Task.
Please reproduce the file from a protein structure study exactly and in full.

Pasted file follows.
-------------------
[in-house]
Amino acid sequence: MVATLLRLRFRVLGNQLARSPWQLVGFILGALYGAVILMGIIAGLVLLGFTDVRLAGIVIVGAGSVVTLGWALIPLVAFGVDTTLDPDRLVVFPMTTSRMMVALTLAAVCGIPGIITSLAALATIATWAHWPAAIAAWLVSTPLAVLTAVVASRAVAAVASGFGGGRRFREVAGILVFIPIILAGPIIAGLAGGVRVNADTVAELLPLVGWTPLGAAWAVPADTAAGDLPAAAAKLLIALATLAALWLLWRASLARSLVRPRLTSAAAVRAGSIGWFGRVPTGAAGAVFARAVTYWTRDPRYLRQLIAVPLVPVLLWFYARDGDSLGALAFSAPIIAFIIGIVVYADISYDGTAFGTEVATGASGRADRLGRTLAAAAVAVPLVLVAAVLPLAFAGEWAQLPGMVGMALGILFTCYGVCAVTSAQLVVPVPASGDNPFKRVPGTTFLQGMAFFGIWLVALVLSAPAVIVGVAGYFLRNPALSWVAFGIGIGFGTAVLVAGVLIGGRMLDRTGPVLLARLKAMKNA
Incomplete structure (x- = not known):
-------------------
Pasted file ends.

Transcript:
[in-house]
Amino acid sequence: MVATLLRLRFRVLGNQLARSPWQLVGFILGALYGAVILMGIIAGLVLLGFTDVRLAGIVIVGAGSVVTLGWALIPLVAFGVDTTLDPDRLVVFPMTTSRMMVALTLAAVCGIPGIITSLAALATIATWAHWPAAIAAWLVSTPLAVLTAVVASRAVAAVASGFGGGRRFREVAGILVFIPIILAGPIIAGLAGGVRVNADTVAELLPLVGWTPLGAAWAVPADTAAGDLPAAAAKLLIALATLAALWLLWRASLARSLVRPRLTSAAAVRAGSIGWFGRVPTGAAGAVFARAVTYWTRDPRYLRQLIAVPLVPVLLWFYARDGDSLGALAFSAPIIAFIIGIVVYADISYDGTAFGTEVATGASGRADRLGRTLAAAAVAVPLVLVAAVLPLAFAGEWAQLPGMVGMALGILFTCYGVCAVTSAQLVVPVPASGDNPFKRVPGTTFLQGMAFFGIWLVALVLSAPAVIVGVAGYFLRNPALSWVAFGIGIGFGTAVLVAGVLIGGRMLDRTGPVLLARLKAMKNA
Incomplete structure (x- = not known):